Oct. 8. The Ebony Cabinet, painted by Polemberg and B. van Russan, from the Arundel Collection, was purchased by Lord Oxford, for £310. The Wilton collection, it is now ascertained, contains few antique or genuine busts. The Faun at Holkham is decidedly esteemed to be the finest male statue in England. The Diana in the same collection cost 15007. The reason assigned by the Empress Catharine for declining to purchase an exquisite bust of M. J. Brutus is excellent,-" That it was a piece unsuitable to the genius of her Empire." What a compliment to the shade of the patriot: yet there was some degree of magnanimity in giving her true reasons. A first-rate statue seems worth from £1500 to £2000. See Dallaway on Sculpture.

*The above account agrees in its outline with the interesting and authentic narrative of the poet's Life, written by his son.-Edit.

+ This was written before the Elgin Marbles were introduced into this country. Some of the Marquess of Lansdowne's statues are of high excellence. On the Holk. ham statues, consult Dr. Waagen's Arts in England.-Edit.


3 N

Oct. 23. Began the Culloden Papers. The Editor observes in the Introduction that those who possess real genius always feel, at the age of puberty, poetical associations; a kind of soaring of the soul, as if emulous to keep pace with the grosser passions :- -a new and just remark! He who passes over as nothing the injustice of others, he likewise remarks, will not be scrupulously rigid in regulating himself. Duncan Forbes' letter to the Duke of Argyle, dated Inverness, Sept. 21, 1723, is uncommonly manly, feeling, and spirited. "The study of my life," he finely observes," since ever I had the honour to be known to your Grace, was to merit your good will by honest actions: I was fond enough to believe that I had gained some share of it: and I do assure your Grace, that nothing in nature can affect me more than the loss of it, excepting only the deserving to lose it." Lord Lovat's letters display a most remarkable mixture of suppleness, shrewdness, and profligacy, conveyed in the gambols of a mischievous, baboonish playfulness.


Oct. 24. Pursued the Culloden Papers. Lord Lovat's letters very amusing. The fawning fondness with which he addresses those whom he intends to win; the savage ferocity which occasionally breaks out against his enemies and the enemies of his clan; and the air of French vivacity, and seeming frankness, in which the whole is couched, are highly curious; he must have been, altogether, an extraordinary character. Deep drinking seems to have been the great vice of the times. Duncan Forbes breaks out occasionally and accidentally as the jolly bottle-companion, and one is surprised to hear the Lord Advocate and President talk to General Wade of being damnably tired of the Highlands. The candour and gentleness, in resentment, which he evinces to a Mr. Sleigh in the 172d Letter, do infinite credit to his judgment and his heart. It appears that the KELT was not introduced into the Highlands till 1720, and then, by an Englishman.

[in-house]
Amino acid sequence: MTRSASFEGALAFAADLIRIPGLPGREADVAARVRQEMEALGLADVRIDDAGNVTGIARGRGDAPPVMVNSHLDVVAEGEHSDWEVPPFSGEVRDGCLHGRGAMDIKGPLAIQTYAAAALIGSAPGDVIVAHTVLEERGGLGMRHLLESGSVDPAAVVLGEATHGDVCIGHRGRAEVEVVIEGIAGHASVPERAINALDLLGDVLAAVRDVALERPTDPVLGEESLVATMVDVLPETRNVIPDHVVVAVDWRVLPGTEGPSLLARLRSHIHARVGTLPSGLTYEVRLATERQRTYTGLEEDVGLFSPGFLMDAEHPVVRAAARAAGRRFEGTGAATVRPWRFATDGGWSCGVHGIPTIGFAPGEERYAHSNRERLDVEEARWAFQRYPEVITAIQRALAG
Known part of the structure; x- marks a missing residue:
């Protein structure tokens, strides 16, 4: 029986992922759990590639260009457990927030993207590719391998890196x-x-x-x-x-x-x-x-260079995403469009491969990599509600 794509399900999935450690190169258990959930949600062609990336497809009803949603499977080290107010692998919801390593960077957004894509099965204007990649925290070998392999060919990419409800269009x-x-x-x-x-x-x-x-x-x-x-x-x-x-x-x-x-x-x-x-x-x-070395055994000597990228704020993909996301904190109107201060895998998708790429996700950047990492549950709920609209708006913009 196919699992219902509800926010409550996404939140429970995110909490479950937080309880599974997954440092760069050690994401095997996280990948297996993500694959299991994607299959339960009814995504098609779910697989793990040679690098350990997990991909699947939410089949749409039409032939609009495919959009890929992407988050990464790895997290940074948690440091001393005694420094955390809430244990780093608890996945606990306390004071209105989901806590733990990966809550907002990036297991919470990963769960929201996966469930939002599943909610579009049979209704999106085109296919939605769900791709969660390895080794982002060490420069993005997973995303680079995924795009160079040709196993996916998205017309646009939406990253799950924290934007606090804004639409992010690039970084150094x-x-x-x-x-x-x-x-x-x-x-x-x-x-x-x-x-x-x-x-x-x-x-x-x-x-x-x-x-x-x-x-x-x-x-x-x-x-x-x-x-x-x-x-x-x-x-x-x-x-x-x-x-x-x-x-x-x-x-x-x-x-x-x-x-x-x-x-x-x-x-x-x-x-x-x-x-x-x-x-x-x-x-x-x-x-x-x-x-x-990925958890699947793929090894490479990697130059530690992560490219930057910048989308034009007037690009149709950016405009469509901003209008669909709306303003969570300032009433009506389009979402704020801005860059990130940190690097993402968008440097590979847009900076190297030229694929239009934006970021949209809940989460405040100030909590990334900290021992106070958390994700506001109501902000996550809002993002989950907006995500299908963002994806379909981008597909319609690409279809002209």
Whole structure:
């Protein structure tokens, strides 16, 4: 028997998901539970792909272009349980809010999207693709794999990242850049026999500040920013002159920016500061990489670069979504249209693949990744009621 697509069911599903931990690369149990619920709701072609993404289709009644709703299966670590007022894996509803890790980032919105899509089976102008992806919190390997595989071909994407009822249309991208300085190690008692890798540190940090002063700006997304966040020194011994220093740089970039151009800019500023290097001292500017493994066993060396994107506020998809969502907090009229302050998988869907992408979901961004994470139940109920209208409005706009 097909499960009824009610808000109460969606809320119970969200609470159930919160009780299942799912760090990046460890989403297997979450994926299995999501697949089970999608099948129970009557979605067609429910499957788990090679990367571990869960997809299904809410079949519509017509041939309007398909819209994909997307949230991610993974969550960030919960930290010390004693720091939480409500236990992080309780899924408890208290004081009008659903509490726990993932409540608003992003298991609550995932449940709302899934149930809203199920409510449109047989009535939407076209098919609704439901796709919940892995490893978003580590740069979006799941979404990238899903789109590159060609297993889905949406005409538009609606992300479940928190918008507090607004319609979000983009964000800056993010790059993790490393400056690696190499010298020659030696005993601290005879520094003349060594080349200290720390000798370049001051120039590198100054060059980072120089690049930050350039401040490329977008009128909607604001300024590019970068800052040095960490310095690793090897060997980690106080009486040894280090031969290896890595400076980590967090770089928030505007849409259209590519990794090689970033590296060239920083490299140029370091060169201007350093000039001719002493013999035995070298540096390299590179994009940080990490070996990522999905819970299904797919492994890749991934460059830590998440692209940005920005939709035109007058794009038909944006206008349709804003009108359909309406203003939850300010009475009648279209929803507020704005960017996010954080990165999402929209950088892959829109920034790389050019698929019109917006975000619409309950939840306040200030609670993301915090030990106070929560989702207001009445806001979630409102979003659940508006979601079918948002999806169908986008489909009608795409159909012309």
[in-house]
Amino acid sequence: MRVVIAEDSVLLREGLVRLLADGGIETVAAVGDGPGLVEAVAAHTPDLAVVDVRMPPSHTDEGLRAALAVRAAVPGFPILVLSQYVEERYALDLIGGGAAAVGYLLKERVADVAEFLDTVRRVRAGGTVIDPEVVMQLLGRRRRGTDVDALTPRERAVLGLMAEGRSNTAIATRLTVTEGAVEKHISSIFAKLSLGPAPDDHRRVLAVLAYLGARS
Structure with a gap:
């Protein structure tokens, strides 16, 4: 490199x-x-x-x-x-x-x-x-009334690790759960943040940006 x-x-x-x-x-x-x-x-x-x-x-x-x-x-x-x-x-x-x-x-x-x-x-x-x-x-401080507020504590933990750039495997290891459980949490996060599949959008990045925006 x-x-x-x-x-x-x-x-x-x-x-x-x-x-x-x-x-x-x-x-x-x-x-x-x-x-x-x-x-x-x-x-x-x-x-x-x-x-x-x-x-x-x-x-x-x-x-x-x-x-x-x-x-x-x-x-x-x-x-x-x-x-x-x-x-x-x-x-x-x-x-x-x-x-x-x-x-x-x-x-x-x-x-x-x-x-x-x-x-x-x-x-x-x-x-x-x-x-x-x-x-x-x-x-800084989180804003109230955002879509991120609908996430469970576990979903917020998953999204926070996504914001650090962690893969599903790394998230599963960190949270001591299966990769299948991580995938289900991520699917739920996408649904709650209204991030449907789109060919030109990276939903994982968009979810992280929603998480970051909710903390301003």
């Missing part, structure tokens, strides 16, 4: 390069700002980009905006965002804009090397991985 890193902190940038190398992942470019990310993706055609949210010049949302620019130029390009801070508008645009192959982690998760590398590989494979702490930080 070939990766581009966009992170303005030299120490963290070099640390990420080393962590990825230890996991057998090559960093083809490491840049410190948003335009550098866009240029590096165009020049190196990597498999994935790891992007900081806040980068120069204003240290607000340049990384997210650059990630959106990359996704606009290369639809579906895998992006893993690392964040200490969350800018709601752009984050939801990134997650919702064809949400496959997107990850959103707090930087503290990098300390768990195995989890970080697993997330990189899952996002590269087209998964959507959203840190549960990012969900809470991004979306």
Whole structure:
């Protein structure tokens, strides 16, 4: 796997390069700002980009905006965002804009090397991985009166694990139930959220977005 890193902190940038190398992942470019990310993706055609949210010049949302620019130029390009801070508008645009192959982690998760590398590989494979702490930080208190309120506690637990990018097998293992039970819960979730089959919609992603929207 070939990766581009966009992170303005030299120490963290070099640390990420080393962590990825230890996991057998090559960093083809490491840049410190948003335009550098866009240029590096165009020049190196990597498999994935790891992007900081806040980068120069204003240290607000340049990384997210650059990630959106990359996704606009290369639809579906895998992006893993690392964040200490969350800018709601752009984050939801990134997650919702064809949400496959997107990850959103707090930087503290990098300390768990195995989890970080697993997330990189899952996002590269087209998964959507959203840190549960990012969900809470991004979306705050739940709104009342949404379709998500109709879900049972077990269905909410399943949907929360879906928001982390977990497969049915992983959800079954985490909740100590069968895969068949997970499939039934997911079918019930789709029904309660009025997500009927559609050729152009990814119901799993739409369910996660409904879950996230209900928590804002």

Oct. 29. It appears from various letters that Duncan Forbes, with all his means of information, was utterly deceived, nearly up to the time of invasion in 1745, with respect to the Jacobinical spirit prevalent in the Highlands: and that, for a considerable time after it, he was seriously the dupe of Lord Lovat's artifices. The confusion on this invasion was manifestly extreme; and had the Pretender been powerfully assisted from France, there is every probability that he would have succeeded.

Dec. 18. Called and chatted with C. D. He mentioned the brilliant but eccentric letters of Gainsborough to Mr. Kilderbee: too licentious to be published.








Dec. 22. Mr. T. A. called by appointment after breakfast. Had, as usual, much chat and discussion,-moral, legal, political, and metaphysical. Horner, the author of the series of politico-economical Essays in the Ed. Review, now dying: the greatest personal loss, he thought, which the country could at this moment sustain. Brougham, more vigorous in eloquence Romilly he regarded as a giant in intellect; in the midst of his pressing, professional avocations, maintains a philosophical correspondence throughout Europe. More than ever abhorrent of the democratical reformers. Admired the moral sublime of Lord Byron's poetry, but confessed little relish for physical grandeur. Regarded Shakspere as the divinity of man; just uttering, by his wonderful powers of versatile transmutation, what the occasion naturally suggests to the character exhibited, and nothing more. A glorious example, he observed, of the possibility of the highest excellence in composition, without the aid of learning. The utter unconsciousness, apparently,